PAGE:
Ron Daly, President/CEO
Virtual StrongBox, Inc.

Now that the Justice Department has found other means to crack open contents of the iPhone at the center of U.S. Government v. Apple, the pressure is off the company to breach its own security. At least it was. After saying would drop the case, the Justice Department filed a letter April 8 with the U.S. District Court in Northern California, stating it needs Apple to mine data from another iPhone – this time for a drug-trafficking case.

This issue is far from over. We’re likely to see it played out in Congress and the courts for years to come with the feds seeking the public’s goodwill on one side, while technology powerhouses like Cisco, Google, Amazon, Facebook and Evernote file a steady flow of amicus briefs on the other.

A tough issue

Apple and its fellow tech believe they have a responsibility to their customers, who expect them to protect their personally identifiable information – just as we do in the financial industry. At the same time, the government thinks it needs access to consumers’ devices to protect the public. Some will say Apple is being stubborn and proprietary; others feel the government’s intrusion on citizens’ privacy would set a dangerous precedent.

Having spent a considerable time as CFO for a financial institution that serve government employees, I’m empathetic to the role data can play in stopping the bad guys. But as the CEO of Virtual StrongBox, Inc., a company dedicated to protecting clients’ sensitive files, I understand the tech industry’s need to safeguard consumers’ privacy, with Apple demonstrating it cares about its customers.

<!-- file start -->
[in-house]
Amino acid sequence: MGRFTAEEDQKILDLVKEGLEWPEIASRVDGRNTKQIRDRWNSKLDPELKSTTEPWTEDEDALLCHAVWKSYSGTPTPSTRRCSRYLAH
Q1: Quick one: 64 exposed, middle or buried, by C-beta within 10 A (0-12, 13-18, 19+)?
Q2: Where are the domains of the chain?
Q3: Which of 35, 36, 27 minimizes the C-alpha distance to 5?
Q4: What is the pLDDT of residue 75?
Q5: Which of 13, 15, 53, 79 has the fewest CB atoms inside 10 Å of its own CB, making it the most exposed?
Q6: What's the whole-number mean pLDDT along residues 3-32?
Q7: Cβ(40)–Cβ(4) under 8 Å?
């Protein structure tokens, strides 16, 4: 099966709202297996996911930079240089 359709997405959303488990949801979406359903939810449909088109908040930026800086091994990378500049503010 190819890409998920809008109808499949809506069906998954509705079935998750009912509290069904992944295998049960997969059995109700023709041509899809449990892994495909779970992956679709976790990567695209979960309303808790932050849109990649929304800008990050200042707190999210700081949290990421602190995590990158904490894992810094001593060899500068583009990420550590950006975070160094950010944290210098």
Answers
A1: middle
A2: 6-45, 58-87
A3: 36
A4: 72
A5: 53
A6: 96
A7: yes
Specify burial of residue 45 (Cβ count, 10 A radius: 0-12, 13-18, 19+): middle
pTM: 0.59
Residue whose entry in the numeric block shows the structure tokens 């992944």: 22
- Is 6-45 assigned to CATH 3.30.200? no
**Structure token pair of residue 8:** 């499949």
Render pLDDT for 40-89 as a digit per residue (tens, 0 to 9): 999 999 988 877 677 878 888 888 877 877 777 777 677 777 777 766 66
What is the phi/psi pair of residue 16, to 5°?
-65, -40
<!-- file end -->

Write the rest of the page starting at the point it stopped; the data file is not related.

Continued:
Customer experience vs. enterprise security

This issue has caused me to reflect on a related concern: the balance between security and customer experience. Some IT security experts say you can’t have both. And, given the onslaught of online frauds, breaches and ransomware, security is arguably an enterprise’s No. 1 goal. But with consumers’ demand for mobile banking to meet the standards of other easy-to-use apps, will tighter security kill the customer experience?

Financial institutions of all sizes are feeling the competitive pressure to focus on exceptional customer experience in their digital channels. But those efforts will fail if security procedures keep customers from completing simple transactions. It’s irritating not to have easy access to your bank account when you can buy merchandise from Amazon with a single click or make Southwest Airline reservations in less than 5 minutes.